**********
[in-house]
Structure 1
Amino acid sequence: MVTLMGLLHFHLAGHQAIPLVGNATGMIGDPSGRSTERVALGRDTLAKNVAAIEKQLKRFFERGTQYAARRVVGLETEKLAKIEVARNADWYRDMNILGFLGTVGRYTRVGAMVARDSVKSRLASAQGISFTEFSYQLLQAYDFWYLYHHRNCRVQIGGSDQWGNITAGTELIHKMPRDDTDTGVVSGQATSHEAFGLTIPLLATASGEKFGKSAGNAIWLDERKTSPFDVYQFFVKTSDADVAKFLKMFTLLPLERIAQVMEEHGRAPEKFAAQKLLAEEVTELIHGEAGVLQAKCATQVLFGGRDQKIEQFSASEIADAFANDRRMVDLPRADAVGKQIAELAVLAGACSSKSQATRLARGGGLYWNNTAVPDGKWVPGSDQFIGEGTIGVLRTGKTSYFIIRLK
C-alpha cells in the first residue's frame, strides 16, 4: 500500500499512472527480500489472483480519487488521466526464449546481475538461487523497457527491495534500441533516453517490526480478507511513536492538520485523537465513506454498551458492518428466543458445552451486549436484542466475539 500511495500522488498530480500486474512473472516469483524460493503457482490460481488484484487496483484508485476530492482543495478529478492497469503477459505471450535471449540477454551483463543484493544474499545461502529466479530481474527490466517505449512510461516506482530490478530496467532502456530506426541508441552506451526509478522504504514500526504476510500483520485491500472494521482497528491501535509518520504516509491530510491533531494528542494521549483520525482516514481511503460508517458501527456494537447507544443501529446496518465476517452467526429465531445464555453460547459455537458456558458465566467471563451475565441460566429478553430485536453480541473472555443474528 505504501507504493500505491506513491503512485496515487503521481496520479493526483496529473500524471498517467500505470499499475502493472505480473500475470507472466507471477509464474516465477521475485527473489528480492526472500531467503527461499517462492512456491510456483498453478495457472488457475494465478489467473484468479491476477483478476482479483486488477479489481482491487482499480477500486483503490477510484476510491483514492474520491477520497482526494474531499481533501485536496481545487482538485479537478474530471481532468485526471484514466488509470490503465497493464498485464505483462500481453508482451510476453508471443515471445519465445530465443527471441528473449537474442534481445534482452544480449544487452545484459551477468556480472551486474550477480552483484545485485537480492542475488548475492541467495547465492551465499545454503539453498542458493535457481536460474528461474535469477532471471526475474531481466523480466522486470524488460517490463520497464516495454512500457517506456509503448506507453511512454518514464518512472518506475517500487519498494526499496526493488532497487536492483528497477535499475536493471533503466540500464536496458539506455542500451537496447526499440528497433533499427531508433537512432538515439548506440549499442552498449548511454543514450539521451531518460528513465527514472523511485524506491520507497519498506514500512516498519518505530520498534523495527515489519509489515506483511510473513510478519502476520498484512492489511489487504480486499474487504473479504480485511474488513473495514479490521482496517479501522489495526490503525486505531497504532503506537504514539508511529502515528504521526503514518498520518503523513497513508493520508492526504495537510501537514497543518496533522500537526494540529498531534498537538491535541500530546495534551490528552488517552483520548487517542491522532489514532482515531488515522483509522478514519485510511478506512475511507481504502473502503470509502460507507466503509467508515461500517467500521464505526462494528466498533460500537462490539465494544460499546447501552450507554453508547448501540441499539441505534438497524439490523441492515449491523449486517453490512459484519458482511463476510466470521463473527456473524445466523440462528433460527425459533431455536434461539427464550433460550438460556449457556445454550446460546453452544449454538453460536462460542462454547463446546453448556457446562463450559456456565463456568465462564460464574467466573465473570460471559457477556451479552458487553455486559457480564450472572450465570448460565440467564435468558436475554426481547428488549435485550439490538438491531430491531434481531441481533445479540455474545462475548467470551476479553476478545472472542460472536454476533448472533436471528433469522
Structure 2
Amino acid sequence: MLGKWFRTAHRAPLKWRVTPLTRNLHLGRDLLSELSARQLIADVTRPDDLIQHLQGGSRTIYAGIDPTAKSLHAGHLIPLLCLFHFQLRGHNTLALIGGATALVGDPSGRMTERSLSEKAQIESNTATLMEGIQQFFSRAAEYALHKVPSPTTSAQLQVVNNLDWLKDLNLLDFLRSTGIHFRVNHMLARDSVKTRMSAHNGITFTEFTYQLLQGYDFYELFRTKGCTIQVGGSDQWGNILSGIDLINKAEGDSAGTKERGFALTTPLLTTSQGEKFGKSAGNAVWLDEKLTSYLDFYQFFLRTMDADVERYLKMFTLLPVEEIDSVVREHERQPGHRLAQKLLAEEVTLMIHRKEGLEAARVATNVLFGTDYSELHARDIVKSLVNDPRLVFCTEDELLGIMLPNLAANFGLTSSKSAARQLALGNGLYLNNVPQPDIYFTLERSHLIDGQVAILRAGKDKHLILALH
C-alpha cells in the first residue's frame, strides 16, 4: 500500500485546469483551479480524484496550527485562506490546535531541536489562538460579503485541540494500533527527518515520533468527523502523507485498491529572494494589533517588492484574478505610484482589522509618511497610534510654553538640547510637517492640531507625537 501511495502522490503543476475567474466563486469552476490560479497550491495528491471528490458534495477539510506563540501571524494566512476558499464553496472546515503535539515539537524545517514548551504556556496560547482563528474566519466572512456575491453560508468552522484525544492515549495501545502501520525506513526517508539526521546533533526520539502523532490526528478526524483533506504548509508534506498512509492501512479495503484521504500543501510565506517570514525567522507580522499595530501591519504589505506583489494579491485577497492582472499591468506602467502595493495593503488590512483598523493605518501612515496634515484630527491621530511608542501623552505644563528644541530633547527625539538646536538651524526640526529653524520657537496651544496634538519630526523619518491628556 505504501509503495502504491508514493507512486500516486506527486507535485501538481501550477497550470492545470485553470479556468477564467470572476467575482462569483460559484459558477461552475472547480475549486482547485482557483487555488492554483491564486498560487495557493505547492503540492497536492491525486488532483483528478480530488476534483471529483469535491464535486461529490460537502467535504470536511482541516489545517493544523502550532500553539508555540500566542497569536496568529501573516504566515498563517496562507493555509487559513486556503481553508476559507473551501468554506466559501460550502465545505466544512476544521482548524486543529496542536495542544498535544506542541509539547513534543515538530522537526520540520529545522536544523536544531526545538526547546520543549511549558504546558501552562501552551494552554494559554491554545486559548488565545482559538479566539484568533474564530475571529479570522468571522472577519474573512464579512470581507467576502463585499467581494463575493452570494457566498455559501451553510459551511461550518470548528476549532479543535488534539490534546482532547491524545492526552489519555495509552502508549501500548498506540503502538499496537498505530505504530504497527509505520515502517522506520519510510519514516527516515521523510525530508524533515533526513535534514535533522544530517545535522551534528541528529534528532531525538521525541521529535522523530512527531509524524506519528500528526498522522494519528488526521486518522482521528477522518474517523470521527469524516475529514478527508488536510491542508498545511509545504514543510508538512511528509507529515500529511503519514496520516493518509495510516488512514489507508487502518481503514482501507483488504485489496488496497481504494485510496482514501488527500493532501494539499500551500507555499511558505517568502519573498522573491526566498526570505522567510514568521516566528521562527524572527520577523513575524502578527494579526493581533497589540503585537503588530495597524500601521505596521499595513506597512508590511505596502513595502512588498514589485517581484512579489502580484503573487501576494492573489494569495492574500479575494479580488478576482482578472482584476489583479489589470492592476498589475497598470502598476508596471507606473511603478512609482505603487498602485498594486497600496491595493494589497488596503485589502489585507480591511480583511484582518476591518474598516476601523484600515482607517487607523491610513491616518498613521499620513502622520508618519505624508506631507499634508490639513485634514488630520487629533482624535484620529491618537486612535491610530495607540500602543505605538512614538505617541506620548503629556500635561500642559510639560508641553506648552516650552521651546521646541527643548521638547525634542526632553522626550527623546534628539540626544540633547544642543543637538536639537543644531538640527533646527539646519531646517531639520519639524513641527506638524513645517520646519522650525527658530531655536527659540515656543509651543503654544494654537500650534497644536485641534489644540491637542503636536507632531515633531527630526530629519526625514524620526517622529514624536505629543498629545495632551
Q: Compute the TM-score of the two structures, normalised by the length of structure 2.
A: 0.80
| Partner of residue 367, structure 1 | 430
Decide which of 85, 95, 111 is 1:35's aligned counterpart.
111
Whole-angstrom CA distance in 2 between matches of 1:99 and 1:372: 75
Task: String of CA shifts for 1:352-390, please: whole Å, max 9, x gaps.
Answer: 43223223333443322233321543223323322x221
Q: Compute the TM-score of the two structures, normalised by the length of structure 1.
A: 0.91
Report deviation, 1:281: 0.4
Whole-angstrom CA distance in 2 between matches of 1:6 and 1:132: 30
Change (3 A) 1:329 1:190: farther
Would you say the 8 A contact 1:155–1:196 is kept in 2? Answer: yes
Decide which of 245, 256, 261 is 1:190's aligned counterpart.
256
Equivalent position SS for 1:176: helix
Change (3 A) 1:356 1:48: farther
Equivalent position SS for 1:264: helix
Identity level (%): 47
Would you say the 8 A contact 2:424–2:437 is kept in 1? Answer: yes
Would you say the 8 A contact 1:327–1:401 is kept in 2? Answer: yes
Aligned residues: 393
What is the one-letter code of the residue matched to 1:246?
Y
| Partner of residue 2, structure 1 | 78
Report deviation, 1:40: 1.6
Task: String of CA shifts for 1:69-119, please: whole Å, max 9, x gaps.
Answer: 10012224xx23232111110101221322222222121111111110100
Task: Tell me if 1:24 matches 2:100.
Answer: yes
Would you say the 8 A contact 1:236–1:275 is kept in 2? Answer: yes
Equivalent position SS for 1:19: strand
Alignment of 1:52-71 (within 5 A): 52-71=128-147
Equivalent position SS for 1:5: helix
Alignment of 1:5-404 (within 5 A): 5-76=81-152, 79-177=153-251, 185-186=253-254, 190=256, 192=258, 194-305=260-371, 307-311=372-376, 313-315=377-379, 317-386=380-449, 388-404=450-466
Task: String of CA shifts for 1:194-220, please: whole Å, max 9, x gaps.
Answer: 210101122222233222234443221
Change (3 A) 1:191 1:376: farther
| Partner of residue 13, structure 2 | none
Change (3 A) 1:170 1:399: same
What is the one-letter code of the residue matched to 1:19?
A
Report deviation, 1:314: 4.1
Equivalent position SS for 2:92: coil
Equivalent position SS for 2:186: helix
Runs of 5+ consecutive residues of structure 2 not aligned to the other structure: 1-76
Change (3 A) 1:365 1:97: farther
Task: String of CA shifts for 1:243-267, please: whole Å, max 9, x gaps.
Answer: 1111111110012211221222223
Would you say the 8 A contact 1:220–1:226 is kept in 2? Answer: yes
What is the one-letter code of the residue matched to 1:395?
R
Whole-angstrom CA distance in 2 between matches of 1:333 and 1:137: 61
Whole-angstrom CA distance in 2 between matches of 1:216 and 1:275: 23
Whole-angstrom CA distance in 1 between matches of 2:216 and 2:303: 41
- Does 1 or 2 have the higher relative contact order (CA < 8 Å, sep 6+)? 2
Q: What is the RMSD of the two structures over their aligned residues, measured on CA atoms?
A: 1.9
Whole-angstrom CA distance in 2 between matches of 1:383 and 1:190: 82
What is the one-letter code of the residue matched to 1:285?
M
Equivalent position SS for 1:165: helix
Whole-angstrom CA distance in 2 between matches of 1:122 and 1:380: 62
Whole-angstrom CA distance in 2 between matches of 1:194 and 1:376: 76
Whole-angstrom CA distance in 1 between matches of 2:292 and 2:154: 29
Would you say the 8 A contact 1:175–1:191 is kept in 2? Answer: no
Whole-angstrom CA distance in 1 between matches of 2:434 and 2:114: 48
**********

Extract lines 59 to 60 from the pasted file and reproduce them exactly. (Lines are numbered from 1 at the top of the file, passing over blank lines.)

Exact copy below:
What is the one-letter code of the residue matched to 1:395?
R